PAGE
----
With a run of 50 or a hundred copies, where each copy takes about an hour to construct, I know exactly what I'm letting myself in for. Plus, I don't expect to have sold out of the print run before I start it, so initially there will be less that than amount of work and then just a trickling amount from then on as the last of the stock slowly sells through.

This is something I can prepare for and plan for, and something I can do in my evenings after The Daughter goes to sleep. It's achievable around my job and my family, both of which I consider higher priorities.

This time round I'm not in it to make a fortune, or to try and go full time, I'm just in it to make games and hopefully bring some gaming joy to some of my customers.

Oh, and I've already got two pre-orders, despite the fact that they don't know which game it is yet!

In other news, this week I managed to make it to Newcastle Gamers for the first time since October! It was a great evening and I managed to get in three games, two of which contribute towards my goal of having played every game I own at least ten times. Both the games I played on Games Night helped as well! Off to a good start...

Monday, January 5

2015 Goals

The last couple of years I've set myself some goals for blogging and playing and designing games (see: 2013, 2014). I want the goals to be achievable, but also a stretch, so they encourage me to push myself and learn new things. This year, in addition to the usual three categories, I'm adding a fourth: app development :-)


Last year I wanted a 10% growth in page views, to blog every week, to take part in NaGa DeMon and to gain ten new followers. I hit most of those, except the followers one which, to be honest, I don't really care about, so this year's goals are:

  • 45,500 page views (taking me to 183K in total), another 10% growth
  • Blog every Monday
  • Do something for NaGa DeMon (I've enough games on the go, so it might not be starting a new one...)

Playing games

Last year I wanted to play every game in my collection at least once and play at least 365 games in total. I'm going to mix it up a bit this year:

  • Play at least 365 games during 2015
  • Have played every game in my collection (with the usual exceptions) at least ten times.

I'll use this second goal to hone my collection a bit again, and give me a chance to gain a better understanding of some of the longer games in my collection. Games bought during 2015 are excluded.

Designing Games

I'll keep it simple here, yet excitingly different. This year I want to release a self-published, self-illustrated board game in a limited edition, like the good old days of Reiver Games.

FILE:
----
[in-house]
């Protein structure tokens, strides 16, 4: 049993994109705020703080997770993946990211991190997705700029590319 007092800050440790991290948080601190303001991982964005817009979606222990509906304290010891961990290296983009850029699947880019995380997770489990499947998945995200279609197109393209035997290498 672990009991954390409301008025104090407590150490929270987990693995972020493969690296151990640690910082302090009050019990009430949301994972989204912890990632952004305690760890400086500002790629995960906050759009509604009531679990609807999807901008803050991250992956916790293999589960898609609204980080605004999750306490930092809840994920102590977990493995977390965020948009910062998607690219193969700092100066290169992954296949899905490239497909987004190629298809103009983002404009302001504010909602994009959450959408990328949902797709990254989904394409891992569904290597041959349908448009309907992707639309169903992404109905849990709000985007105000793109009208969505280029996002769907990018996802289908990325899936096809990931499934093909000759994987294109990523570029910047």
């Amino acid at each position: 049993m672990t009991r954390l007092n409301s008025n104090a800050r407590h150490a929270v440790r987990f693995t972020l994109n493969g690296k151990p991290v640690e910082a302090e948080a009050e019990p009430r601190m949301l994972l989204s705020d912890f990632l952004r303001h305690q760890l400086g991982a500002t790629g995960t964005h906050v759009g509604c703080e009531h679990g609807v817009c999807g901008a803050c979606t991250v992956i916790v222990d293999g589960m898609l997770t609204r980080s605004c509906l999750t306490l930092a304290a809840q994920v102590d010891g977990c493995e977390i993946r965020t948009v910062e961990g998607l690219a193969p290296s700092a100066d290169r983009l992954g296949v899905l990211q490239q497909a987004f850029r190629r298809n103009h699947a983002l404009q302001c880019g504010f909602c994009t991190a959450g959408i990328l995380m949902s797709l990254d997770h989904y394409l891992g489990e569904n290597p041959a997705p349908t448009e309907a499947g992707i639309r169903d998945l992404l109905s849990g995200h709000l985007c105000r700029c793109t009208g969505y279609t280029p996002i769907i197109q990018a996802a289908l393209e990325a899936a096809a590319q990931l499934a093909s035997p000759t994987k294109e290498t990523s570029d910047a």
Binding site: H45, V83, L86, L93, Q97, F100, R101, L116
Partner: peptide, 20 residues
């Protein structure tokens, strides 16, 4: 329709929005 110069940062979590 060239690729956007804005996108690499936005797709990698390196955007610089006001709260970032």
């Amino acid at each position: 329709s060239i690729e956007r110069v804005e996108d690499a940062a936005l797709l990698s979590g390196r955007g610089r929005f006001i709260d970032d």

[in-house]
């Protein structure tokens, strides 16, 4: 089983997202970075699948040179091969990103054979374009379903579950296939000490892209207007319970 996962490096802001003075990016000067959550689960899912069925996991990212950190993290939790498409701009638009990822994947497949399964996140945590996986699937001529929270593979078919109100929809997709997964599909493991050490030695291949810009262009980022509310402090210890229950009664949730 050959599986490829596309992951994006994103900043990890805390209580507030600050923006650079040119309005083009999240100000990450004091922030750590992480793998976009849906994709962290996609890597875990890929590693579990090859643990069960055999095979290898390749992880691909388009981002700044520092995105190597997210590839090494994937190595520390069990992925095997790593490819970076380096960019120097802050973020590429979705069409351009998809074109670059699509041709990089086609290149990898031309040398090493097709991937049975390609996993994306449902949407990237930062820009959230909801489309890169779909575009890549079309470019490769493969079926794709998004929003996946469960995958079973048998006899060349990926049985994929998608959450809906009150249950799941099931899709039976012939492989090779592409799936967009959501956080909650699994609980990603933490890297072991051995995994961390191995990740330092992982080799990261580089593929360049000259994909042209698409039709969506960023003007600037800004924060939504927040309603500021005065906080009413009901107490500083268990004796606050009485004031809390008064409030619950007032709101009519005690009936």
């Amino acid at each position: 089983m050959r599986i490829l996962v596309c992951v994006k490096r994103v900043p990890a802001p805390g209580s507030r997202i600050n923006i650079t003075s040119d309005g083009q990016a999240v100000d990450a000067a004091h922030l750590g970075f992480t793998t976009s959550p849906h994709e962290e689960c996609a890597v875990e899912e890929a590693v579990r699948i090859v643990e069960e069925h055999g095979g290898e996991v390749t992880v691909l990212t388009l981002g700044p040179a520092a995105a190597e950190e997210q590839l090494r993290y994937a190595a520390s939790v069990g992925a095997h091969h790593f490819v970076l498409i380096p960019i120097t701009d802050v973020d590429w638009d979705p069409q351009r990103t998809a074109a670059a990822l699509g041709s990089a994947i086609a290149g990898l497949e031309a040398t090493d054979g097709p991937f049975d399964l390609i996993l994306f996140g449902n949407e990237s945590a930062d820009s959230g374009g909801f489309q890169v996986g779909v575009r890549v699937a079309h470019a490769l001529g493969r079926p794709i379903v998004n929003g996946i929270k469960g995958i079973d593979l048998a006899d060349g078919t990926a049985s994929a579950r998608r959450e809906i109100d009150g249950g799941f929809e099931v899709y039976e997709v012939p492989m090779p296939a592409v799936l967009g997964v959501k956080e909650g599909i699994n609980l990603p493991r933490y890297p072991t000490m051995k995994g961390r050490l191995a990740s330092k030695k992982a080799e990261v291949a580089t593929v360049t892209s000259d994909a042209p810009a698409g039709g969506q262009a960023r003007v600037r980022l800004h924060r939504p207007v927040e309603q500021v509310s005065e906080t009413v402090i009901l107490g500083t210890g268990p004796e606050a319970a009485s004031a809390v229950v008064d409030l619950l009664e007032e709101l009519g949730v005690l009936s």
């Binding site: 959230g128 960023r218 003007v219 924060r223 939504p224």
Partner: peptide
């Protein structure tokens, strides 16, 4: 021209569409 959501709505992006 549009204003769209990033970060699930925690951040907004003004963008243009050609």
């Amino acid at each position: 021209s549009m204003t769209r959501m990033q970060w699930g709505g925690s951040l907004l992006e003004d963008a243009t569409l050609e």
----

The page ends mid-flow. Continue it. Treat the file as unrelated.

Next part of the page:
Only one goal? Yes, but it's a biggy. The Wife bought me a graphics tablet for Christmas, so I'm going to use that to hone my illustration skills and along with Adobe Creative Cloud (which is damned expensive, but I get a discount as a CS3 owner and I'm putting Christmas present money towards it). I'm already tinkering with some Bayeux Tapestry inspired art for Dragon Dance!

This is a real challenge. It'll probably be either Zombology or Dragon Dance, whichever is the better game (and most sensibly priced) in a run of maybe 50 copies, or one hundred if there's a surprisingly high demand. I'll be blogging artwork and sketches for feedback throughout the year. Why a limited, handmade run you ask? Despite the lure of KickStarter, I'm still uncomfortable with it and it was the large print runs that I couldn't get working with Reiver Games. The two handmade limited editions I did: Border Reivers and the first edition of It's Alive! both sold out quickly and made me money (excluding time spent!). A short print run is a known quantity that I can manage around my family and work commitments and I know exactly what I'm getting into, having done it successfully before.

The exciting and challenging bit will be doing the art myself - this will require learning lots of new skills.

App Development

I'm learning German again, using the excellent Duolingo. In many ways it's superb, but I'm the sort of person who likes to learn from structure, so being able to visualise tables of pronouns and verb declensions really helps me. In the vein of my current selfish app development, I want to make an app to help with that. I also want to release a new version of BGG Last Plays that helps me track this year's different plays goal.

There, that's enough to be getting on with! Wish me luck...